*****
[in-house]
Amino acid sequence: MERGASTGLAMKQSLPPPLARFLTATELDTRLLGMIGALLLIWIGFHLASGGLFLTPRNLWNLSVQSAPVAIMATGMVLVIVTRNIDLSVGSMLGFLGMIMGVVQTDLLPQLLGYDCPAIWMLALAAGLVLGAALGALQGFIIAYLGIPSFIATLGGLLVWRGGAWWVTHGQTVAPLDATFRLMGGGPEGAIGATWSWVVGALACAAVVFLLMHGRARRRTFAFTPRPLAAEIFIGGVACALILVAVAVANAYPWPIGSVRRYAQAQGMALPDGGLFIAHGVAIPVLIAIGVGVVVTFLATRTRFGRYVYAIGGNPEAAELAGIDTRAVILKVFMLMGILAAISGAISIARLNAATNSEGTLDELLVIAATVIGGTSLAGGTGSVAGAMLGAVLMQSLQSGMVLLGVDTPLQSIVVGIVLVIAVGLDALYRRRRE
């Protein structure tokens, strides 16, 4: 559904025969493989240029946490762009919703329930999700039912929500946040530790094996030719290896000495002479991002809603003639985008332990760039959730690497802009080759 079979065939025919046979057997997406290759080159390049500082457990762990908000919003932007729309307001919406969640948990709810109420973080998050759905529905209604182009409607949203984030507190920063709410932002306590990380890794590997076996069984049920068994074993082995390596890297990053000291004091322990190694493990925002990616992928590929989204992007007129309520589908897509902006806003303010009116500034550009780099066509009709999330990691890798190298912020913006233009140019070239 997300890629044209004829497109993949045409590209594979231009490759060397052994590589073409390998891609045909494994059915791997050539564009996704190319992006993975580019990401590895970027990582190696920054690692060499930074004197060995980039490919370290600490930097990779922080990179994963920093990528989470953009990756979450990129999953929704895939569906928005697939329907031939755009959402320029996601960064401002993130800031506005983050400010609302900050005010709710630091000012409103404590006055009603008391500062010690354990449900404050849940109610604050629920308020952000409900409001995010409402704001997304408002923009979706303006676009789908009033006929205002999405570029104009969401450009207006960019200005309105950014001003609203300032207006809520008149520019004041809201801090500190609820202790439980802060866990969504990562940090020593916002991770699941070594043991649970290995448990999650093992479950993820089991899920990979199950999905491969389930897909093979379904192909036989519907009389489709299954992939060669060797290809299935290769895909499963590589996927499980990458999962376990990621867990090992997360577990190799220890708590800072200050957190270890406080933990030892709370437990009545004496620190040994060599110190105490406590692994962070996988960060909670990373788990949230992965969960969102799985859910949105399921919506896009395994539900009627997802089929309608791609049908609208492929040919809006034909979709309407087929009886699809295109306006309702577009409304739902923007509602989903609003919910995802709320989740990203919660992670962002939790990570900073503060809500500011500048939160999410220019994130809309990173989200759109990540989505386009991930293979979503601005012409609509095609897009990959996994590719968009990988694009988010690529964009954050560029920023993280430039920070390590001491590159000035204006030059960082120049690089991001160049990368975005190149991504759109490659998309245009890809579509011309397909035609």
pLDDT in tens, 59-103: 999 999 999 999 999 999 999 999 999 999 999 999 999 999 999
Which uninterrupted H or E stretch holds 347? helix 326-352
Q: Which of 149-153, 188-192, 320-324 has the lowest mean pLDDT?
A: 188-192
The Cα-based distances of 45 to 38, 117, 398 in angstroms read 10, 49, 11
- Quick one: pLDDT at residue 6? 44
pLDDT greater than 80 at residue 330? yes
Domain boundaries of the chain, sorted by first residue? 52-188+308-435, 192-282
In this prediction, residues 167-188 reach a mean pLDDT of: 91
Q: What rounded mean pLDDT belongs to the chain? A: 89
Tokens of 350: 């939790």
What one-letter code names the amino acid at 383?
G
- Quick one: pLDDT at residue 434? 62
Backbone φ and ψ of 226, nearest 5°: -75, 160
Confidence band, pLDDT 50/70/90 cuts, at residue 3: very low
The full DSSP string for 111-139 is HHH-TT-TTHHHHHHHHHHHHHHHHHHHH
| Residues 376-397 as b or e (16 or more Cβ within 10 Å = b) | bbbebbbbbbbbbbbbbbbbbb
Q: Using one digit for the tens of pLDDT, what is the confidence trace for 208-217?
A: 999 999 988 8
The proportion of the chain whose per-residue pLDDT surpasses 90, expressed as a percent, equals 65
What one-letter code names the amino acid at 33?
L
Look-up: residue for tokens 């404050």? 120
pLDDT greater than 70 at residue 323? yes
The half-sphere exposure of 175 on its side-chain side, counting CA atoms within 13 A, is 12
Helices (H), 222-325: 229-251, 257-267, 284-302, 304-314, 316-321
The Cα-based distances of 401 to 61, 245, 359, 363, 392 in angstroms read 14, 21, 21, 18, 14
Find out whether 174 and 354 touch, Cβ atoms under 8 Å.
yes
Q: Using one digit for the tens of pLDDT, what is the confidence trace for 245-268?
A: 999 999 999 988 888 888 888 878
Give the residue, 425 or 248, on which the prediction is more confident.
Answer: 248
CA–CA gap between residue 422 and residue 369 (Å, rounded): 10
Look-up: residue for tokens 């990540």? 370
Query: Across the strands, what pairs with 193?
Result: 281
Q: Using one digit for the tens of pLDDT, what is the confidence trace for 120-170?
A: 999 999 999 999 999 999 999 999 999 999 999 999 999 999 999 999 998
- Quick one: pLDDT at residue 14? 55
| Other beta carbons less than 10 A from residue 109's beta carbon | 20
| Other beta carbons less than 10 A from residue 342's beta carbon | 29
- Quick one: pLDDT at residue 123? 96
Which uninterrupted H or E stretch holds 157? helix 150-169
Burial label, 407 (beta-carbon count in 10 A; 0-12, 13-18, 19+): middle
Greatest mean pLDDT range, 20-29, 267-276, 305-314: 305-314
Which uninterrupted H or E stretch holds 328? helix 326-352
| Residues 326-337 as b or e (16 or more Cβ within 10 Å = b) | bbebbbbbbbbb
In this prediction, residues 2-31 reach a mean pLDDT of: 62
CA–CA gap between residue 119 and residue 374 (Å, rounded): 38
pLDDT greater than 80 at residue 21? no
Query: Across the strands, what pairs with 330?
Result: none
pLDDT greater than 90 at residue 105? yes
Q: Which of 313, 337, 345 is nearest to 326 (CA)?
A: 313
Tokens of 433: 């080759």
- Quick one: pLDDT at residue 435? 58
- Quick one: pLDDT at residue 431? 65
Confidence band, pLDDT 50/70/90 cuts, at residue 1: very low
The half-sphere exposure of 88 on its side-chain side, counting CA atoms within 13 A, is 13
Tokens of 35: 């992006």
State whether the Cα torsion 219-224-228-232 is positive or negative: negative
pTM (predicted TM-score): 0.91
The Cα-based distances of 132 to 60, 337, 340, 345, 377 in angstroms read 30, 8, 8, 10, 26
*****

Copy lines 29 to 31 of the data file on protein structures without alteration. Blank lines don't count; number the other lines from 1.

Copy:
The half-sphere exposure of 175 on its side-chain side, counting CA atoms within 13 A, is 12
Helices (H), 222-325: 229-251, 257-267, 284-302, 304-314, 316-321
The Cα-based distances of 401 to 61, 245, 359, 363, 392 in angstroms read 14, 21, 21, 18, 14